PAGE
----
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Tiffany Lewis: Why we find magic in the great American road trip

The Lewis family hikes through Glacier National Park on one of their family road trips. The great American road trip is more popular than ever.
The Lewis family hikes through Glacier National Park on one of their family road trips. The great American road trip is more popular than ever.
Provided by Tiffany Gee Lewis

It’s high road trip season in the USA. My family has hit the open highway for a three-week expedition that includes reunions, national parks, music camps and visits with friends.

Judging from the number of RVs and suitcase-stuffed minivans sharing the road, we’re not the only ones with such ambitions. In fact, according to a 2017 MMGY Global report, “39 percent of U.S. leisure travel in the last 12 months included a road trip.” This is a 17-point increase from the year prior. The great American road trip is more popular than ever.

As a kid, I loved road trips. This was back before mandatory seat belts, which meant we could make beds on the top of the luggage pile in the trunk, in the narrow passage between the seats and the sliding side door, or on the crumb-encrusted floor. I read Beverly Clearly books with abandon. We played the alphabet game, the license plate game and sang a mildly shocking song called “The Ladies of the Harem of the Court of King Caractacus.” My mom, an intrepid adventurer, drove us all over the country in this fashion, from East Coast to West.

We’ve carried along many of these traditions with our own kids. The family minivan has chewed up thousands of interstate miles. We’ve visited a dozen national parks. We’ve seen the inside of a lot of gas station bathrooms, from the horrifying to the squeaky clean. We’ve eaten meals of granola bars and dry bagels and sun-warmed tap water. We still sing “The Ladies of the Harem of the Court of King Caractacus.” We ooh and aah at America’s natural wonders and moan our way through the long, tedious stretches of Wyoming and Nebraska.

Not only does this seem requisite for childhood, it seems requisite for being American.

In 1919, on the heels of World War I, a group of Army vehicles, 81 in total, set out to accomplish what they considered the first cross-country road trip. The purpose was to see how easy it would be to move an army across the entire continent. Nothing of the sort had ever been attempted. Starting in Washington, D.C., the convoy crawled at a pace of 58 miles per day across Pennsylvania, Ohio, over the Rockies and eventually into California, finishing in San Francisco. The trip, which was 3,251 miles long, took 62 days, according to Archives.gov.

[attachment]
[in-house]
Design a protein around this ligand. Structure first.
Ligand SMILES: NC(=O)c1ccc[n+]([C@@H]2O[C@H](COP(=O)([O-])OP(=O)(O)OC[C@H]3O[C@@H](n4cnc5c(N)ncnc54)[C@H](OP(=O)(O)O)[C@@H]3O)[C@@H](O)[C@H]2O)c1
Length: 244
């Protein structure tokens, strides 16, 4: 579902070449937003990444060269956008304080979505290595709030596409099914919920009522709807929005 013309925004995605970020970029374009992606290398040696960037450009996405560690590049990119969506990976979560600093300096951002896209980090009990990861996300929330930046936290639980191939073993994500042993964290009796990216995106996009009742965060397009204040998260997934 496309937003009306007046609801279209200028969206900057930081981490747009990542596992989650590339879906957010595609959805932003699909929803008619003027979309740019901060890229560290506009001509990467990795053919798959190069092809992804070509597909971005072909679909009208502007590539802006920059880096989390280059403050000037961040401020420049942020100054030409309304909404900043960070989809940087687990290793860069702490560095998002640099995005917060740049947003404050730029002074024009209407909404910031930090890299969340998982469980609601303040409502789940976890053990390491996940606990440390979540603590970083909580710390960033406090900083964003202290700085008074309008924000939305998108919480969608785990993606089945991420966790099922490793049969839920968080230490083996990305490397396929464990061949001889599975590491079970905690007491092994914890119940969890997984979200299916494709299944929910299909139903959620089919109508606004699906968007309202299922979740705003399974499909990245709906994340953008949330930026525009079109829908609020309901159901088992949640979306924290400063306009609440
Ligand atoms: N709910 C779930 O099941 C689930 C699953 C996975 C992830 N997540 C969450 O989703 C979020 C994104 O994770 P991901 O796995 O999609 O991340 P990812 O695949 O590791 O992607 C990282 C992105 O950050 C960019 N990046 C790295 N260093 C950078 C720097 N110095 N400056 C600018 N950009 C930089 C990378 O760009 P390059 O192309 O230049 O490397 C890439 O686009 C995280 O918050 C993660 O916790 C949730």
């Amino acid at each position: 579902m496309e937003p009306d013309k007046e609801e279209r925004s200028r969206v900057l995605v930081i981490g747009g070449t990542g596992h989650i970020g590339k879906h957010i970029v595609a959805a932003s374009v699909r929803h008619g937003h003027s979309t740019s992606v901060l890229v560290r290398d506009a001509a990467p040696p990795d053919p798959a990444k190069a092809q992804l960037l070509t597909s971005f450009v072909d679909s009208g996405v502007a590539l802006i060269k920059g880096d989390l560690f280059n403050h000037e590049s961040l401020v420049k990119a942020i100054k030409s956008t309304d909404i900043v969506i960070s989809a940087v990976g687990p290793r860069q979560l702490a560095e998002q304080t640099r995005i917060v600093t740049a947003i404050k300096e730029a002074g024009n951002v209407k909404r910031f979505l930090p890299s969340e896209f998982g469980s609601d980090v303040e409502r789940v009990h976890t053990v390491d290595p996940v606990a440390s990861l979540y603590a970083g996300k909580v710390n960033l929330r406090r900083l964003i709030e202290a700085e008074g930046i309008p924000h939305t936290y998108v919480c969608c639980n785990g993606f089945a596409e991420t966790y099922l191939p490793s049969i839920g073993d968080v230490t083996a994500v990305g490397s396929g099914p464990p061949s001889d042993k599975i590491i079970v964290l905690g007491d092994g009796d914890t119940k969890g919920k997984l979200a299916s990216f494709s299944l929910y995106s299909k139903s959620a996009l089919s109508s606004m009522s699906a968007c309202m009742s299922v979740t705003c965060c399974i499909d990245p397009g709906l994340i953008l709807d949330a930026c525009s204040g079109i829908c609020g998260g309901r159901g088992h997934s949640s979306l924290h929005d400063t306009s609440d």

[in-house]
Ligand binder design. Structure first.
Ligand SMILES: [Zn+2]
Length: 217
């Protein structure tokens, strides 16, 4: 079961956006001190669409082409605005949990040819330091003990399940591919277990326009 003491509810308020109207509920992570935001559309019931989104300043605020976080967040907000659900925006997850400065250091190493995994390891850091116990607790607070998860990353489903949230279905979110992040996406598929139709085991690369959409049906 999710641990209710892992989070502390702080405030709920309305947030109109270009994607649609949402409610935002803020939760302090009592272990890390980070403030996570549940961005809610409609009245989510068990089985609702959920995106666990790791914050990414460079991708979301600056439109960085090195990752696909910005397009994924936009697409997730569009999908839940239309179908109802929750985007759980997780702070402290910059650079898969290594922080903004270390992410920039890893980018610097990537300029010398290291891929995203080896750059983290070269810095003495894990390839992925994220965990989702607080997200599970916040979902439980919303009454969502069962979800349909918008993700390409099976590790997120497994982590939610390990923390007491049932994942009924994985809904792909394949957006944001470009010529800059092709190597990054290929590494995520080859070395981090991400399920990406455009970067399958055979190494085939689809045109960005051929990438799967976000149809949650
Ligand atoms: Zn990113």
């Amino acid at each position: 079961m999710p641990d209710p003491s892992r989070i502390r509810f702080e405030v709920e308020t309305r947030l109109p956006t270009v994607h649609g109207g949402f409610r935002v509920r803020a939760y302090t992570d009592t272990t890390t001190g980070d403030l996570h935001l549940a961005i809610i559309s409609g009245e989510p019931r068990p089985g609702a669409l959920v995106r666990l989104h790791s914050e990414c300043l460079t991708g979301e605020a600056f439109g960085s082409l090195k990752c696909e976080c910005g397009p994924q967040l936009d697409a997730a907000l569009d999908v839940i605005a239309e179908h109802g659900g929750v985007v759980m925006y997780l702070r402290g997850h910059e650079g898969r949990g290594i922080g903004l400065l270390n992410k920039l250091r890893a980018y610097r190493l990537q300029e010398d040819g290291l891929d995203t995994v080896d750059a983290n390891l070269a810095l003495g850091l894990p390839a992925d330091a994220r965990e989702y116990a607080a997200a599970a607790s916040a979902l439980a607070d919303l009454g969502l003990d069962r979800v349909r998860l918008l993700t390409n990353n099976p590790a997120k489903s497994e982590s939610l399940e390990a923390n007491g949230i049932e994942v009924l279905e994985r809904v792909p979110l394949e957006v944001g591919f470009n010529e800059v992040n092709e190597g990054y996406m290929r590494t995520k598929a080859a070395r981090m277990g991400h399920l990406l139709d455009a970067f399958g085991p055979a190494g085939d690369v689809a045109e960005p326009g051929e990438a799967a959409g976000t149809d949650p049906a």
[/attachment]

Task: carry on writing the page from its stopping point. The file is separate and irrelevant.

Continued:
One of the two dozen officers who came along, purportedly just for fun, was a young lieutenant colonel named Dwight Eisenhower. Inspired by this cross-country drive, and the later autobahns of Germany he observed as Supreme Allied Commander during World War II, President Eisenhower signed the Federal-Aid Highway Act of 1956. Today’s interstate system became known as the “Greatest Public Works Project in History.”

Nearly a century after that first convoy, the idea of the road trip is quintessentially American, a way for a free-spirited people to venture across this vast country. The interstate system now comprises 46,874 miles of open road.

Judging by the variety of languages and cultures we’ve observed at places like Yellowstone and the Grand Canyon, the great American road trip isn’t just for Americans anymore. We’ve met people from all over the world who come to the States for a piece of that adventuresome magic.

And I do believe there is a magic to it. Somewhere between the dust-blown rest stops and glittering cities, the big-name tourist attractions and the stretches of forgotten desert, the rivers and valleys and red rock and rolling hills and cows and corn and corn and corn, is America, stitched together by a past and future and a love of exploration.

You can see it any which way, but after all these years, I still prefer the view from the driver’s seat.